Throughout history, persecution has been a fact of life for millions of Christians. And given the current political and cultural climate here in North America, the church may be facing new waves, as sinful humanity seeks to suppress God’s truth.
The Apostle Peter tells us how the church should respond when we are scorned for our faith in Christ.
First, Peter says we must maintain our Christian witness. “Keep your conduct among the Gentiles honorable,” he wrote in 1 Peter 2:12, “so that when they speak against you as evildoers, they may see your good deeds and glorify God on the day of visitation.”
Peter is telling us to live above reproach. Matthew 5 reminds us that we are to be salt and light to a dying world. That we are not to stray from God’s Law. We are not to murder, lust or commit adultery. But Peter’s instruction in his first epistle is more than a call to avoid lying and cheating and adultery. It’s a call to do good deeds. Serve in a soup kitchen or a homeless shelter. Take food or clothing to a family in need, so that even as the world slanders you and speaks evil of you, they can see your good deeds. And as you live this way, the Holy Spirit will work in people’s hearts, and some will begin to see their need for Christ and will turn to Him in repentance. Others won’t realize their need until Christ’s return, but those who repent will bring great glory to God.
Second, Peter urges us to maintain a clean conscience: “Having a good conscience, so that, when you are slandered, those who revile your good behavior in Christ may be put to shame” (1 Peter 3:16). The New Living Translation says it like this: “Keep your conscience clear. Then if people speak against you, they will be ashamed when they see what a good life you live because you belong to Christ.”
To have a clean conscience means we are the same person in private that we are in public. Our conscience is our internal monitor that establishes our standards for good behavior. If we violate our conscience, the monitor lights up; we grieve the Holy Spirit. As theologian Albert Barnes once said, a carnal Christian will not bear suitable testimony to the wonder of Christ. “We discount what we say with how we live,” he said.
Third, Peter taught us to not only expect persecution—but to rejoice in it. He wrote, “Beloved, do not be surprised at the fiery trial when it comes upon you to test you, as though something strange were happening to you. But rejoice insofar as you share Christ’s sufferings, that you may also rejoice and be glad when his glory is revealed. If you are insulted for the name of Christ, you are blessed, because the Spirit of glory and of God rests upon you” (1 Peter 4:12-14).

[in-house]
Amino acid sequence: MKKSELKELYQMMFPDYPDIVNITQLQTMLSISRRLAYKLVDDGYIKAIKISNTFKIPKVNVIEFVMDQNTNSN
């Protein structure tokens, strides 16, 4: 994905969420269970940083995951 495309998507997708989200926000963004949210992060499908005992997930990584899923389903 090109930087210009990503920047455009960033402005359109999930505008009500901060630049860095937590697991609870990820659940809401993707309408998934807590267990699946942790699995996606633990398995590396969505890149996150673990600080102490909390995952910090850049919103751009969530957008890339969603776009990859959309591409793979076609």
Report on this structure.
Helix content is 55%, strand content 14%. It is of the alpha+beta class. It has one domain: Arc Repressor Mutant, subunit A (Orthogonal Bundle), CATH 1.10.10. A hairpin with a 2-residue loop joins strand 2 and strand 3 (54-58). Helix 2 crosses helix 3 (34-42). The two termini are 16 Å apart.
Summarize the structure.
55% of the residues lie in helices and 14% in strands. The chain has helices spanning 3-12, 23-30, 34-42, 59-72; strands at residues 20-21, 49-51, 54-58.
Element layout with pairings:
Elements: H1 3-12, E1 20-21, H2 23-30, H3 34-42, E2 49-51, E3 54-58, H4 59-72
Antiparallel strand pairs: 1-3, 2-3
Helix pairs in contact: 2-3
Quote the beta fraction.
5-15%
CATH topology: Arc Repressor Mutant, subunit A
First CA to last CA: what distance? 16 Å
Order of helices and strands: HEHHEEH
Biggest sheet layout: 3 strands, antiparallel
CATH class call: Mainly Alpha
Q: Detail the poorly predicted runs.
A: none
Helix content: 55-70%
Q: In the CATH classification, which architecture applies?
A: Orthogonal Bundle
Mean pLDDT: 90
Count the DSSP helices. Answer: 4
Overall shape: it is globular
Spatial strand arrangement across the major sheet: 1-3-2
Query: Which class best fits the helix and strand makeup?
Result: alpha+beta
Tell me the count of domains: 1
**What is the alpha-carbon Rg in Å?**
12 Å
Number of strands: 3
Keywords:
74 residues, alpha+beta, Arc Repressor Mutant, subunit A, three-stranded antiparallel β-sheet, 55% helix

The church has been slandered and reproached since its founding. Mere days after the Holy Spirit descended at Pentecost, Peter and John were hauled before the Sanhedrin and ordered to stop preaching. Faced with imprisonment and flogging, the apostles declared, “We cannot stop telling about everything we have seen and heard” (Acts 4:20, NLT).
The rage of the religious officials reached a murderous pitch when the deacon Stephen preached the Gospel to them. They dragged Stephen out of the city and stoned him to death, making him the first Christian martyr. Despite these threats, the early Christians continued to boldly proclaim the Good News.
In the first through third centuries, the Roman government killed Christians for refusing to worship Roman emperors who claimed to be gods. In A.D. 64, after a fire destroyed much of Rome, Emperor Nero blamed Christians for the fire, arrested many of them, and burned them to death as torches in his garden. Nero’s successors, Decius and Valerian, continued slaughtering Christians.
From the eighth through the 11th centuries, militant Islam conquered half of Christendom by force. Muslim armies subjugated cities that had cradled the early church, including Jerusalem, Antioch, Damascus, Hippo and Alexandria. They destroyed thousands of churches and forced countless Christians to deny Jesus or die.
And yet, Jesus tells us that persecution is a blessing in the Christian life: “Blessed are those who are persecuted for righteousness’ sake, for theirs is the kingdom of heaven” (Matthew 5:10).
In these troubled times, we must not be silent. Now is the time to rise up and boldly proclaim the Good News of Jesus Christ, defend the sanctity of human life, and reach out to the poor and oppressed with generosity and words of peace. In conversations and on social media, proclaim Jesus as the way, the truth, and the life—the only way to God the Father.
When you are scorned, respond with grace and humility. Those who attack you are watching to see how you respond. Your Christlike response may be the most powerful demonstration of “good deeds” (1 Peter 2:12) they will ever see. Above all, remember that if you are insulted for the Name of Christ, you are truly blessed, and God’s Spirit rests upon you. ©2020 Michael Youssef
Unless otherwise noted, Scripture quotations are taken from The Holy Bible, English Standard Version. The Scripture verses marked NLT are taken from The Holy Bible, New Living Translation.
Michael Youssef, Ph.D., is the founder and president of Leading The Way and the founding pastor of The Church of The Apostles in Atlanta. His latest book is “Saving Christianity? The Danger in Undermining Our Faith—and What You Can Do about It.”
Above: Franklin Graham, Anne Graham Lotz and Pastor Jack Graham of Prestonwood Baptist Church joined with tens of thousands who refuse to be silent about the Good News. They came together on Sept. 26 to pray on the National Mall during the Washington, D.C. Prayer March.
Photo: Thomas J. Petrino/©2020 BGEA